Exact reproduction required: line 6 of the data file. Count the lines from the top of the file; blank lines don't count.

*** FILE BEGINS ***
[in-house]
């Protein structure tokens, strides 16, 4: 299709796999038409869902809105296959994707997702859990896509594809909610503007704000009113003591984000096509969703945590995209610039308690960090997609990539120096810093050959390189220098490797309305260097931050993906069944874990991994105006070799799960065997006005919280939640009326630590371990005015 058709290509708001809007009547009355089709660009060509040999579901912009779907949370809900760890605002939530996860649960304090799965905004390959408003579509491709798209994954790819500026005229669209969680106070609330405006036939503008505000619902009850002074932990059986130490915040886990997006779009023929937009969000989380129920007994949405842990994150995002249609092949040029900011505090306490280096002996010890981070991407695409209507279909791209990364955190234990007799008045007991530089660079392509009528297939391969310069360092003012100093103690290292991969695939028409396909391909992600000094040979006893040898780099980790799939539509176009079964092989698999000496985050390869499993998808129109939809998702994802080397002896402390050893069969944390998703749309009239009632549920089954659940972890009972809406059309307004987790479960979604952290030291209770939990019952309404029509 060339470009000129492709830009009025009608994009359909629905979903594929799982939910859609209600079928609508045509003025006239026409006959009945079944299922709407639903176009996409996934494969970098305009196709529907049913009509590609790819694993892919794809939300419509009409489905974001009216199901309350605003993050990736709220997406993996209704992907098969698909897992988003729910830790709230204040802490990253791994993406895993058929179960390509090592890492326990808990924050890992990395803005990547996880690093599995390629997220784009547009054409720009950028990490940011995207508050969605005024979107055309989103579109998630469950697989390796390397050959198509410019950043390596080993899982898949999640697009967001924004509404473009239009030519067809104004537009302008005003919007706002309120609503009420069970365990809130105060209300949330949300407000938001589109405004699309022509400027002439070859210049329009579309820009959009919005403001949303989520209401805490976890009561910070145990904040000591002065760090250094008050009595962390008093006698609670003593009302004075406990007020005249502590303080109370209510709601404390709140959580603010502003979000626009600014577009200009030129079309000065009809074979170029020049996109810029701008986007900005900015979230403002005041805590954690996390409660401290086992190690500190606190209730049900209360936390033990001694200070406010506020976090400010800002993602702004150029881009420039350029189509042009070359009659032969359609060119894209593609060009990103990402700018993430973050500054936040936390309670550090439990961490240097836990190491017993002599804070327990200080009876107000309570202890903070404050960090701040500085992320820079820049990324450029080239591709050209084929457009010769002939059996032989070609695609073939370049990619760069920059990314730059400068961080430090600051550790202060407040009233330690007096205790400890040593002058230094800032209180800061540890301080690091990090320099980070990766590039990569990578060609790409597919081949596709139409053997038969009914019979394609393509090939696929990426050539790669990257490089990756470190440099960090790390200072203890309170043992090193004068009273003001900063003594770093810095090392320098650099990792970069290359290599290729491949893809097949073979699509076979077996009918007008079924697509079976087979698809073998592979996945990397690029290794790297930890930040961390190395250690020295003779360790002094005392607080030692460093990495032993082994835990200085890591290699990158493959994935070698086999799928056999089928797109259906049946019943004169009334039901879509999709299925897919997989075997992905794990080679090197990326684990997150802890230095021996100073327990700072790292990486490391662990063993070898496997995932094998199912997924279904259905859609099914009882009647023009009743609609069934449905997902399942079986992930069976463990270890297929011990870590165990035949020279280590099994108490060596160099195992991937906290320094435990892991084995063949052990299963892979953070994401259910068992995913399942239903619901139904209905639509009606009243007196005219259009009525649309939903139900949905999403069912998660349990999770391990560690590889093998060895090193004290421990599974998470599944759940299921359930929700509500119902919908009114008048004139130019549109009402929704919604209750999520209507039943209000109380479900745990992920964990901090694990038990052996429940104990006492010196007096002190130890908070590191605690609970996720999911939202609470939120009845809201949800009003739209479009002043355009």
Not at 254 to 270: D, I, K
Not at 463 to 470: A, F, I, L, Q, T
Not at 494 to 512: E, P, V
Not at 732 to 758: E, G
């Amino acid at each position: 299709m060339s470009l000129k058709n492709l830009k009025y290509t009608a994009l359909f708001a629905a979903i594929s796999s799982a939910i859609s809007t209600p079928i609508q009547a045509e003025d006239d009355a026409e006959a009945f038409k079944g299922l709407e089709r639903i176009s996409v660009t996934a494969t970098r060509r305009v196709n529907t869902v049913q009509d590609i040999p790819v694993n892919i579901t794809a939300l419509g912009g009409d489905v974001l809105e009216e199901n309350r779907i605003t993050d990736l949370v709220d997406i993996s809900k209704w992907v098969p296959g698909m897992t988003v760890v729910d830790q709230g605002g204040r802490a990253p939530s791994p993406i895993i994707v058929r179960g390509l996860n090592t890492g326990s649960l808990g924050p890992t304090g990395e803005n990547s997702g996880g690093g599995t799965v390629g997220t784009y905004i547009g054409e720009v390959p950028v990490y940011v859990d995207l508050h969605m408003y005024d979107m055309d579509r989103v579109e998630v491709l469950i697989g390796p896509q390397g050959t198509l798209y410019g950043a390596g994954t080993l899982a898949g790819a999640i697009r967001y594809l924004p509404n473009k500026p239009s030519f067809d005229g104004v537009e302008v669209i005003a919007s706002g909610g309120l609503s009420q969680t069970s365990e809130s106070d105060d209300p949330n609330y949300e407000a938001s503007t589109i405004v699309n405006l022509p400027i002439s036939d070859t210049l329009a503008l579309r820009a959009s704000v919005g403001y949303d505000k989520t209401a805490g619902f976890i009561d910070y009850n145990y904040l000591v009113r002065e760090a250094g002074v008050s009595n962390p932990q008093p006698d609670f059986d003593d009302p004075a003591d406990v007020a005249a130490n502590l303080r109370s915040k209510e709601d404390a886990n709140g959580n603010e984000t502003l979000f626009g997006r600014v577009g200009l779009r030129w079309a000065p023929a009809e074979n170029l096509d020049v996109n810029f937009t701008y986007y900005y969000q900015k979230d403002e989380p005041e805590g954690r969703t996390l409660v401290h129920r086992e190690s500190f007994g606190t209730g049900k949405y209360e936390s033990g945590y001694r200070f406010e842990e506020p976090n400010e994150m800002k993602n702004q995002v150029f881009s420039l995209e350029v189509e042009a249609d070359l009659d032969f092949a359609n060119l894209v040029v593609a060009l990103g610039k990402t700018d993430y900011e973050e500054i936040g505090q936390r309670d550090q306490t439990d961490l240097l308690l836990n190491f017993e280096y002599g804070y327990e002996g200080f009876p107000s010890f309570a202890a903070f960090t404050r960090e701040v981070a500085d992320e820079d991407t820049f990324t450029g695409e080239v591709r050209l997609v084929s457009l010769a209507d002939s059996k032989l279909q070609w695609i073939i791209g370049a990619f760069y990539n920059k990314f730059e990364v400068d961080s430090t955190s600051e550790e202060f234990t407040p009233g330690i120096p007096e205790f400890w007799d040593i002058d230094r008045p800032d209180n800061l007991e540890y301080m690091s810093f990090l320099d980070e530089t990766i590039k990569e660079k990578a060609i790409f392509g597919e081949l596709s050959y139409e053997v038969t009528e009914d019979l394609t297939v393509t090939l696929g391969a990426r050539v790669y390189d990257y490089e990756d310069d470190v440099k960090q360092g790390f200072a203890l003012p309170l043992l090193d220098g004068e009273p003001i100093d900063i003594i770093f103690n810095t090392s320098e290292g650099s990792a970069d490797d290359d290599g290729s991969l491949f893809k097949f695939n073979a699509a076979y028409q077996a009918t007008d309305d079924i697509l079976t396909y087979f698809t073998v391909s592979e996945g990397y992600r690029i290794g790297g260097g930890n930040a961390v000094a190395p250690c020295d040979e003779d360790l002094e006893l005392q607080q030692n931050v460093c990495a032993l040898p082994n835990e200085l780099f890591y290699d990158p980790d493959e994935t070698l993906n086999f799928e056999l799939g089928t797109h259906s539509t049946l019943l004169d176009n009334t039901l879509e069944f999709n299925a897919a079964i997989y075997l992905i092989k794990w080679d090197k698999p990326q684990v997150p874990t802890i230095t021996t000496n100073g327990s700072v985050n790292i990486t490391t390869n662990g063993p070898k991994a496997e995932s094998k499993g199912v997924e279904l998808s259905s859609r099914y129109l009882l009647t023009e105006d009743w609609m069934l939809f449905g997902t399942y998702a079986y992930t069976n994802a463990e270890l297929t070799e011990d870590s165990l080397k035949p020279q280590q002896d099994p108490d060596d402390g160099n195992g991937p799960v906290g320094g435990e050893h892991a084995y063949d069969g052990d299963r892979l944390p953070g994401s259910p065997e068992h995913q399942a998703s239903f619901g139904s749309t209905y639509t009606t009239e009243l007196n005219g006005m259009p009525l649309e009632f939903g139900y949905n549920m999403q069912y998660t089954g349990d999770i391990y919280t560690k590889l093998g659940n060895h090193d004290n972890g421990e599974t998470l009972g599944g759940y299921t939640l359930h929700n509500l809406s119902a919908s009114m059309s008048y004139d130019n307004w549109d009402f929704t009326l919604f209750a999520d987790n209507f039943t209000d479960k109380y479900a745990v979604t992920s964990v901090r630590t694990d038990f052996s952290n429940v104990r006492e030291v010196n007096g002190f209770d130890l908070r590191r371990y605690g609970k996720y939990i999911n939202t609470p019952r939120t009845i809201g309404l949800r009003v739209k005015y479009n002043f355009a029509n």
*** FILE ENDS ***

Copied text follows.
Not at 732 to 758: E, G